“Work hard, play hard!” is often a saying heard on college campuses, especially during the period leading up to the spring break holiday. For college students across the nation, the spring break tradition promises hard-earned fun and relaxation away from the stressful demands of school. Most students use this time to relax and recharge for the rest of the spring semester.
However, for some students the “work hard, play hard” slogan can also represent a time of high-risk behavior. As students anticipate the mid-semester break, now is the time for you to speak openly and honestly with your students about the facts surrounding high-risk behavior. With raised awareness and increased knowledge, your student has the power to prevent serious and harmful repercussions. Utilize the tips for families below to help prevent high-risk behavior during the spring break holiday:
- Start the conversation: Having a discussion around sensitive topics can be difficult. Approach your student – show him or her that you are supportive and can be trusted. Students are most receptive when families use a non-judgmental tone and ask questions that encourage reflection on his or her choices (e.g. the question “What’s your plan for getting to and from your destinations?” may be more effective than the statement “Make sure you have a designated driver.”) Bring up some of the risks your student may encounter while on his or her trip and ways to be safe.
- Make a plan together: Your student may feel they will need your assistance over spring break and it is important to discuss what those situations may be. For example, set up an emergency plan. Exchange contact information of people, resources and locations where your student will be visiting so there is no problem contacting each other. Discuss the open line of communication between you and your student and consider a schedule of calls and texts while your student is on break.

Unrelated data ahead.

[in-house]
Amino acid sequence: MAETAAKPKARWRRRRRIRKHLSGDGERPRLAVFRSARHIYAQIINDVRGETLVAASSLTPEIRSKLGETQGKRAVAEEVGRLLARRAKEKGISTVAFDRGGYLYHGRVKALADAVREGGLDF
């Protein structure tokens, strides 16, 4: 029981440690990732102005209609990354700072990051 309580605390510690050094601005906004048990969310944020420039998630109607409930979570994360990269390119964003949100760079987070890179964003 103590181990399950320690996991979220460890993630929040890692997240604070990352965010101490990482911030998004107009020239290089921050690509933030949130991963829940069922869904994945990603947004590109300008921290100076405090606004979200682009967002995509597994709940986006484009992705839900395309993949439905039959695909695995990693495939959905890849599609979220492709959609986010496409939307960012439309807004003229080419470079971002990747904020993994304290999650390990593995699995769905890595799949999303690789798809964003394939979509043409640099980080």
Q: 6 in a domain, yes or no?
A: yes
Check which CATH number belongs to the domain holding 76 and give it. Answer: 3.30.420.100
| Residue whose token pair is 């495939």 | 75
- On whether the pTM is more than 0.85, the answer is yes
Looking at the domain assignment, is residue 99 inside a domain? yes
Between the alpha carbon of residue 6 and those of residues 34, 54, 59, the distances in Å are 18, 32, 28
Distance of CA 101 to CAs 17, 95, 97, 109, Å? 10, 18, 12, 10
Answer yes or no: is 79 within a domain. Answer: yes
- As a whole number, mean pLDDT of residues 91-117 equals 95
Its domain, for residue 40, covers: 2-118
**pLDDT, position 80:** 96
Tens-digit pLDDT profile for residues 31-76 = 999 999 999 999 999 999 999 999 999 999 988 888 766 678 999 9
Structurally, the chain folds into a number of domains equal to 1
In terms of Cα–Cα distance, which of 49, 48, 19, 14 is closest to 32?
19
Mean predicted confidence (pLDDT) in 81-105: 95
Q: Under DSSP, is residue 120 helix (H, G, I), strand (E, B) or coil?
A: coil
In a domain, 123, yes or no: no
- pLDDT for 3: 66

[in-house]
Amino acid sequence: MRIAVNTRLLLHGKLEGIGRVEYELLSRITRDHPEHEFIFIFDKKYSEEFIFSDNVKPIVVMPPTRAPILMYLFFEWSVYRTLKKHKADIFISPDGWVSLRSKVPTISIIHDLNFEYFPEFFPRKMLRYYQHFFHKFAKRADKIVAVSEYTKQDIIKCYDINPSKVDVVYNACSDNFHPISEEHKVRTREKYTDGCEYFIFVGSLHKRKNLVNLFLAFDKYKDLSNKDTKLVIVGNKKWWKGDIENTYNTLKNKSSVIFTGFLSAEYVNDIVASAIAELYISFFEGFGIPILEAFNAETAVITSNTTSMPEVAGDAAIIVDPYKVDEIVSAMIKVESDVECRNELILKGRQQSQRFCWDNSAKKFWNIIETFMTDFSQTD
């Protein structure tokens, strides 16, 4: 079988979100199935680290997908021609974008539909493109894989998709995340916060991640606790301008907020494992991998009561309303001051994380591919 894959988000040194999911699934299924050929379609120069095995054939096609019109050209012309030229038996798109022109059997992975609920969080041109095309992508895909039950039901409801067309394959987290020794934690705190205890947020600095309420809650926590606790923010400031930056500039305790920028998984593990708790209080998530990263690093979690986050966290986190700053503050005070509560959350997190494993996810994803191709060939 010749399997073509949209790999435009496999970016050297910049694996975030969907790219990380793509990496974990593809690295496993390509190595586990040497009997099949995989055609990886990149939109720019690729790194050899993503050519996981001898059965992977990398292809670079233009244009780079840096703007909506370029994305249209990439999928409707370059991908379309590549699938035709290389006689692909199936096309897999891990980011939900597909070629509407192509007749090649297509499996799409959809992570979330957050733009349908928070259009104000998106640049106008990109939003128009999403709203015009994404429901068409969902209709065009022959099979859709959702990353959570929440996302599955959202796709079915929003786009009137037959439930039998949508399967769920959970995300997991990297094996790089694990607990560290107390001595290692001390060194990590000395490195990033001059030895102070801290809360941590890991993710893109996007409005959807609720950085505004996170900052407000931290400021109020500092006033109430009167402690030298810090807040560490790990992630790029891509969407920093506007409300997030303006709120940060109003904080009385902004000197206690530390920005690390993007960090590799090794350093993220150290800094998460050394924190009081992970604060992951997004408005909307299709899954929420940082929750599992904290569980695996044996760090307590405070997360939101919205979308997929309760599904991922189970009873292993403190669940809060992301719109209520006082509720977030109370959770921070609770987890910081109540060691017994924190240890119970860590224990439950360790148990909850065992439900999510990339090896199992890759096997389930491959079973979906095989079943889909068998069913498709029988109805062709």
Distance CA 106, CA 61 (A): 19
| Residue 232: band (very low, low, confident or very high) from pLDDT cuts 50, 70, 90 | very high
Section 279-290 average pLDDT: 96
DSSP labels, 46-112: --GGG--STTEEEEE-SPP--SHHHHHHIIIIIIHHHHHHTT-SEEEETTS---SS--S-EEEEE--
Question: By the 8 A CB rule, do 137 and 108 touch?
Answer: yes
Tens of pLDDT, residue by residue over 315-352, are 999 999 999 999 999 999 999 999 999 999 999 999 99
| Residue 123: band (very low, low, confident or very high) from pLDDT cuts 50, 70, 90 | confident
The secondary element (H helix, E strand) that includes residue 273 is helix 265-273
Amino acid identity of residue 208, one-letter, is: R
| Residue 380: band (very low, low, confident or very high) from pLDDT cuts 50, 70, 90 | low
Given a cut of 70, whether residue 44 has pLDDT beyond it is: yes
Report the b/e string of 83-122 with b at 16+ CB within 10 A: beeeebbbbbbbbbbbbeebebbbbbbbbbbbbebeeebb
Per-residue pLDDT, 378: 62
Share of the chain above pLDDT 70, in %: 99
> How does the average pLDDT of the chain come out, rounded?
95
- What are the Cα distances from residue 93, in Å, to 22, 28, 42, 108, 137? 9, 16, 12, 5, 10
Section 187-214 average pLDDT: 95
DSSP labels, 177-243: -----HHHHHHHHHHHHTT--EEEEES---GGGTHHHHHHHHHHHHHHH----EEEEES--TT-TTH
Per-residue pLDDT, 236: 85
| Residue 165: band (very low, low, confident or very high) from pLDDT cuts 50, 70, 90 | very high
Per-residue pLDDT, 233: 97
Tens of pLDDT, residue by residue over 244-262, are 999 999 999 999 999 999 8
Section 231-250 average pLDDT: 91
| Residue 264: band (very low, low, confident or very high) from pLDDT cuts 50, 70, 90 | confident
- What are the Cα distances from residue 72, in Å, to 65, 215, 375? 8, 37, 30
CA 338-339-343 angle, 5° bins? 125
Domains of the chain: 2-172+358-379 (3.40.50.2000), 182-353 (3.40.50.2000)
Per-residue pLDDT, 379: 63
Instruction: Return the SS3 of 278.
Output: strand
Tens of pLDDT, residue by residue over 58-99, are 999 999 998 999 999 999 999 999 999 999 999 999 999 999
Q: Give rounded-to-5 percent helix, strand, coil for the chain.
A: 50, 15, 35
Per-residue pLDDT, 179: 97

- Explore WAVES as a resource: Wellness, Alcohol and Violence Education and Services staff is available to consult with any member of the Mason community about alcohol or drugs issues, sexual health, nutrition, stress management, or interpersonal violence issues such as stalking, intimate partner violence or sexual assault. To find out more about WAVES and if it is the right resource for your student, visit waves.gmu.edu. Each year, WAVES hosts Safe Spring Break Awareness Week, a variety programs with different campus offices the week before spring break. We focus on giving students the tools to make the most of their well-deserved break by relaxing in a safe and healthy manner. Recommend the week to your students and find out more on our website!
When discussing a safe spring break with your student, consider the tips below in order to encourage choices that will keep him or her healthy and ensure a fun and safe time:
- Travel safety: Encourage your student to research the laws and environment of the spring break destination. Also, remember it’s not all about the destination, suggest using caution on the transportation to and from destinations.
- Alcohol safety: There are many ways to be safe around alcohol. Talk with your student about not drinking too much, slowing down, eating something, avoiding drinking games, and having a designated non-drinker.
- Sexual health safety: Discuss the benefits and risks involved with sexual activity. Know the facts about forms of protection and sexually transmitted infections. Help your student decide what types of birth control or options are right for him or her.
- Relationship safety: During this break many are traveling or meeting up with groups of friends and partners. Assist your student in understanding consent, effective communication, and boundaries.
Spring breakers need not place themselves at risk to have fun. Making smart choices can go a long way toward enjoying a well deserved get-away with friends while simultaneously being safe. For additional information, contact Mason’s Wellness, Alcohol and Violence Education and Services Office.
Mary Ann Sprouse, Director
Kathryn Walker, Coordinator for Alcohol, Tobacco and Other Drug Education
WAVES – Wellness, Alcohol and Violence Education and Services